As a whole, Texans tend to be a willful, strong and prideful people with a serious identity of being Texan. These traits are instilled in us because of how Texas formed as a state in the U.S., causing a strong history, strength as well as the attitude that tends to come with our culture. We like our Texas flag, state and all around Texan-ness plastered all over our clothes, cars, and even home decor. I have asked my family members who reside in other states what people in other places across America think of us, and the conclusion is simple; Texans love Texas. There is a state pride unlike any other because of our culture, and its reputation continues across state lines.
The group of Aggies currently with me in Namibia have crossed state borders, oceans, and countries to partake on this adventure. Our love and passion for our Texas heritage has made the journey with us. Texan’s culture outside of our home state is still a part of everything we do, and how we see the world. Our pride in that culture has traveled with us in our carry-ons in the form of Texas A&M flags and blankets. It is in our suitcases taking the form of a Texas state on our t-shirts. And it is with us in our hearts and minds as we say ‘howdy’ to the Namibians we meet.
The reason why we have brought this identity with us is that we are proud to be Texans. That is who we are, and how we were raised. Our cultural lens is framed with a love and pride for the place we call home. Something that sets our state’s culture apart is how loud we are about it; We are not afraid to tell someone where we come from with a sense of passion flowing through with those words.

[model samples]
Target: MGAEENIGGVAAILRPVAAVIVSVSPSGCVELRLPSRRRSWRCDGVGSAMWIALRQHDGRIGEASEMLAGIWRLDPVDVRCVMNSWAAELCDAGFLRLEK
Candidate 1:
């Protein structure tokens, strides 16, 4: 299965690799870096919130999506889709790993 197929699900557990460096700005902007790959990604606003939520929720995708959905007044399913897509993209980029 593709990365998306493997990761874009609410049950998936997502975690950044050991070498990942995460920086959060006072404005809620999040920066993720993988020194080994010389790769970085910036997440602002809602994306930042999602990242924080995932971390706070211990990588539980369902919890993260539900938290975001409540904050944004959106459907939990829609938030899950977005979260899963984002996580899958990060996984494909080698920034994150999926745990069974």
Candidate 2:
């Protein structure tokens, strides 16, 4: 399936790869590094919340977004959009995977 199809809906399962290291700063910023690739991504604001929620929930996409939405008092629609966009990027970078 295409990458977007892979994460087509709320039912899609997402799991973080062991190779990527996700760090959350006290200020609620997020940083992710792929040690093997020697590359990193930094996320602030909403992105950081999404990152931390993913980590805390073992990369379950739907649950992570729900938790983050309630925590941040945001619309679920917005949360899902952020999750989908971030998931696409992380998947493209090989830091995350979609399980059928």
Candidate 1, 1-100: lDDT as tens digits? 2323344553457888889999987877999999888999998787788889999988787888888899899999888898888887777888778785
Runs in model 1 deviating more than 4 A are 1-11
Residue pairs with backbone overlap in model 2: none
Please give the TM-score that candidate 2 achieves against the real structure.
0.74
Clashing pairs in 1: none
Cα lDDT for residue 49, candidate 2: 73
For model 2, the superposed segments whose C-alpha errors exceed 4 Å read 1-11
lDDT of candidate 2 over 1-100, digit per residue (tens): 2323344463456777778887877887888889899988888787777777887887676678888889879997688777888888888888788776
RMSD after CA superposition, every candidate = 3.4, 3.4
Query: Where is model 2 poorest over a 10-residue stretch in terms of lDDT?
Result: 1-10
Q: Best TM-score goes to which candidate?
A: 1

A large part of Texan culture is our cattle industry. Texas is the number one cattle producer in America, and cattle is an industry that has shaped our history and heritage. There are about 11.7 million cattle currently residing in Texas, while Namibia only contains roughly 3 million. The difference in cattle population between the two is intense, but the cultural pride is not so far apart. I was talking to a Peace Corps volunteer, Jennifer, who is currently based close to Swakopmund, Namibia. She told me that many Namibians have cattle not just for money, but for pride. Cattle owning in itself is part of their heritage, much like it is back home in the Lone star state.
When we visited the students at UNAM, my professor Dr. Redwine was getting our attention and started off with “Namibians and Texans.” Not ‘Americans’, but Texans. The other day my fellow classmate Alicia was wearing a shirt with a large Texas state on the back. Any time I take a picture of Zeke he throws up his Fightin’ Texas Aggie ‘Gig ‘em’ like is the most natural reflex in the world. Michael gives almost any Namibian he speaks to a “Howdy” and Tiffany asks anyone who meets her eye, “how are you doin’?”. We speak loudly, and laugh with our heads thrown back and mouths wide open; We engage, welcome, experience and appreciate this entire experience just like we do back home. That just goes to show you can take the Texan out of Texas, but you can’t take the Texas out of a Texan.
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